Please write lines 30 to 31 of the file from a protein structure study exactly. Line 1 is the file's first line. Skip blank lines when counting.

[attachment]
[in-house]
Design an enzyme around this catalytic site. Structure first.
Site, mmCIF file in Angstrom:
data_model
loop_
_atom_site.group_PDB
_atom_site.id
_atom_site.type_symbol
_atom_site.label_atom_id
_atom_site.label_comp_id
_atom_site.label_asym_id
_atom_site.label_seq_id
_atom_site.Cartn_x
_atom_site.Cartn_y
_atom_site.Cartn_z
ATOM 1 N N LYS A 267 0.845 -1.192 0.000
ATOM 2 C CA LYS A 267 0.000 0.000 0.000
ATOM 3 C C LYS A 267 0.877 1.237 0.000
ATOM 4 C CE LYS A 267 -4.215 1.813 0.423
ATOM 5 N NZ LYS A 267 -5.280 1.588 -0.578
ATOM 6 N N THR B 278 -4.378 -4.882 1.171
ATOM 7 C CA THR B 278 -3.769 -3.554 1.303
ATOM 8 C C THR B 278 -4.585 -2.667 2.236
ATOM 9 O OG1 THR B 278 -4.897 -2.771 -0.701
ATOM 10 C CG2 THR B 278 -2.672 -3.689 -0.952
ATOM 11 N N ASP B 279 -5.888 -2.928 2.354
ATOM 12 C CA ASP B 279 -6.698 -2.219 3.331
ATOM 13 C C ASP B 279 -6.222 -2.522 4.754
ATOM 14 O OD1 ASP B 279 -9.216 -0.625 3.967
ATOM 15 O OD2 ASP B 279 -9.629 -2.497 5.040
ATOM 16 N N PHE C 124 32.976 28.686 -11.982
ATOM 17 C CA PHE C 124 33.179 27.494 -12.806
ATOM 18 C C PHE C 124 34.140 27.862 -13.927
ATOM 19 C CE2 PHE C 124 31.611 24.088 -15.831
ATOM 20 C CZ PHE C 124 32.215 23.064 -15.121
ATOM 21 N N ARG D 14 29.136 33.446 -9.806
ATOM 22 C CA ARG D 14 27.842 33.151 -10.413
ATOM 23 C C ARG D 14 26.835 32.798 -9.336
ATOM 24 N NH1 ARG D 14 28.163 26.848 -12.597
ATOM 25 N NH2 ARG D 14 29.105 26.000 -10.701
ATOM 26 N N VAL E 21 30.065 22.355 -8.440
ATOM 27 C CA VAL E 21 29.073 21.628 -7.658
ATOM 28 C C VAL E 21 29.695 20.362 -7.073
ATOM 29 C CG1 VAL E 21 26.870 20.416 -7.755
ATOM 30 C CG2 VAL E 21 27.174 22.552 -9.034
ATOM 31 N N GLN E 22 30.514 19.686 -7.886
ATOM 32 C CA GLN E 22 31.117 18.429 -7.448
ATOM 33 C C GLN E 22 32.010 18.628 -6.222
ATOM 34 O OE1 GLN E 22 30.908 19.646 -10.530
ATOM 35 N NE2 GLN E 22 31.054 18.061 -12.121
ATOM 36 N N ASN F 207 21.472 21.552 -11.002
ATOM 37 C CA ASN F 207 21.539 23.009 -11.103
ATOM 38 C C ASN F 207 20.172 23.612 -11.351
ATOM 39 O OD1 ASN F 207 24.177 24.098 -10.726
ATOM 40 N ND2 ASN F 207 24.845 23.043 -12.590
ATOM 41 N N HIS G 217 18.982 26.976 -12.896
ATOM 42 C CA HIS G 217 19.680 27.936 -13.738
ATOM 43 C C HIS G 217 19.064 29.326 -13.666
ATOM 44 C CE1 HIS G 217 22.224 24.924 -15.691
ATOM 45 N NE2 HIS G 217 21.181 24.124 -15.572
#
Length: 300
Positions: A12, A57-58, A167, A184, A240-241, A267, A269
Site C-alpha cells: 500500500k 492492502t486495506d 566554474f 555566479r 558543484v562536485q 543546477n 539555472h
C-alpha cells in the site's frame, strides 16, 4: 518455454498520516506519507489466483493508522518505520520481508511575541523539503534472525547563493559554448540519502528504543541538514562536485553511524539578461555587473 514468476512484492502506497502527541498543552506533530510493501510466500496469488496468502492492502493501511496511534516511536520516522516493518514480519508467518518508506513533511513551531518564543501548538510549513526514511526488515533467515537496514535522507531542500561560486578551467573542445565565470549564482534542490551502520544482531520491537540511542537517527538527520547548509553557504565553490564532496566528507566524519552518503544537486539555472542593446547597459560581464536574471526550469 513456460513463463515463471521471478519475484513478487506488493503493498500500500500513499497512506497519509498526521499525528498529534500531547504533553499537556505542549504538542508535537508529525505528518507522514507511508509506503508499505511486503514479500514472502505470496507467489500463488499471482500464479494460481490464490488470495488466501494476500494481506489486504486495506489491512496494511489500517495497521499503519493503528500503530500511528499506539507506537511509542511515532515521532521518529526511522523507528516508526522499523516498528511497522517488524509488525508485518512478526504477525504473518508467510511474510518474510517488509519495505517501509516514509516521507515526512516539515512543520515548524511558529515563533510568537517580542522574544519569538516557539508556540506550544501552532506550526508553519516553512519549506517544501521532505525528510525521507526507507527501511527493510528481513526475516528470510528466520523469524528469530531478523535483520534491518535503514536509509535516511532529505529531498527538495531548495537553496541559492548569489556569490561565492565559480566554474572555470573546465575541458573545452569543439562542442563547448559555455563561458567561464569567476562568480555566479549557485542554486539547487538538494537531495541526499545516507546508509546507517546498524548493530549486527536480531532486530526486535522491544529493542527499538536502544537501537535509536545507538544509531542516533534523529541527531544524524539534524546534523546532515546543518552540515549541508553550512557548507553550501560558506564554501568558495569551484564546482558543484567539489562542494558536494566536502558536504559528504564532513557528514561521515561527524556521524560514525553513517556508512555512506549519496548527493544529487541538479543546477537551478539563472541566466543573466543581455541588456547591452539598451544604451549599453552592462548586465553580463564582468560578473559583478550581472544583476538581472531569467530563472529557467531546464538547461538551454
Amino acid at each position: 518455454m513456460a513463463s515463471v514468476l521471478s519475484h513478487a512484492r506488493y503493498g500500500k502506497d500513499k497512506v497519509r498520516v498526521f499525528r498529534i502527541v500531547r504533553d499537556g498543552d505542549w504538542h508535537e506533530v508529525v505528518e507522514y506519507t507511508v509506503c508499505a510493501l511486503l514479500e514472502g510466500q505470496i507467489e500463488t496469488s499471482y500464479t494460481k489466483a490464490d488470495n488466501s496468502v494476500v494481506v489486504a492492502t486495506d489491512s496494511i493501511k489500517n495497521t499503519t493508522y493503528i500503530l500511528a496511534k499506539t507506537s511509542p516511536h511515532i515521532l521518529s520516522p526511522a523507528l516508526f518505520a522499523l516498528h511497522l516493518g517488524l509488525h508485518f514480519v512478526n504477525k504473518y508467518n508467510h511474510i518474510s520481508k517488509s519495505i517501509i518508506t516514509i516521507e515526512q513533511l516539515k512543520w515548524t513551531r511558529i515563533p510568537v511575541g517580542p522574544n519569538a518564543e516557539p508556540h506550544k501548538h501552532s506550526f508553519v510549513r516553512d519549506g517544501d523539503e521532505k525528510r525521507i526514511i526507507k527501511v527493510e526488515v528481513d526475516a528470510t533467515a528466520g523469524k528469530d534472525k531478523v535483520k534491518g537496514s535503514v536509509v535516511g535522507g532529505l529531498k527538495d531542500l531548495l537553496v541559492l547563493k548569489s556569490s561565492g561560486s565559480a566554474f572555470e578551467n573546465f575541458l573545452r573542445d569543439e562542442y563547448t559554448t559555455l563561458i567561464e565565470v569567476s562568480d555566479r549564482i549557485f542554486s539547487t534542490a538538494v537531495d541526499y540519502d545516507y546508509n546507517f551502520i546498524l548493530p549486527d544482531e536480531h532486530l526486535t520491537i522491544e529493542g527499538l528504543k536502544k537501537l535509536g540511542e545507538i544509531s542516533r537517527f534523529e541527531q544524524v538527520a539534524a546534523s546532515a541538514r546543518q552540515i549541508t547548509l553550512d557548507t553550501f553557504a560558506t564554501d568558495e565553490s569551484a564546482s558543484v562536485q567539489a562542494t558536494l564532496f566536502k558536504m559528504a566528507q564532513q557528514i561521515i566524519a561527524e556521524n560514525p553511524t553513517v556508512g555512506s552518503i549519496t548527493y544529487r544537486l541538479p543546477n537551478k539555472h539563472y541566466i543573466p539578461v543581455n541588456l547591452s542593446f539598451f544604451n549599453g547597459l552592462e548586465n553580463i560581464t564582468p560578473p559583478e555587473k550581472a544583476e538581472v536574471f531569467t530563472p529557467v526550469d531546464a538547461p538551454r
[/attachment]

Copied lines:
ATOM 15 O OD2 ASP B 279 -9.629 -2.497 5.040
ATOM 16 N N PHE C 124 32.976 28.686 -11.982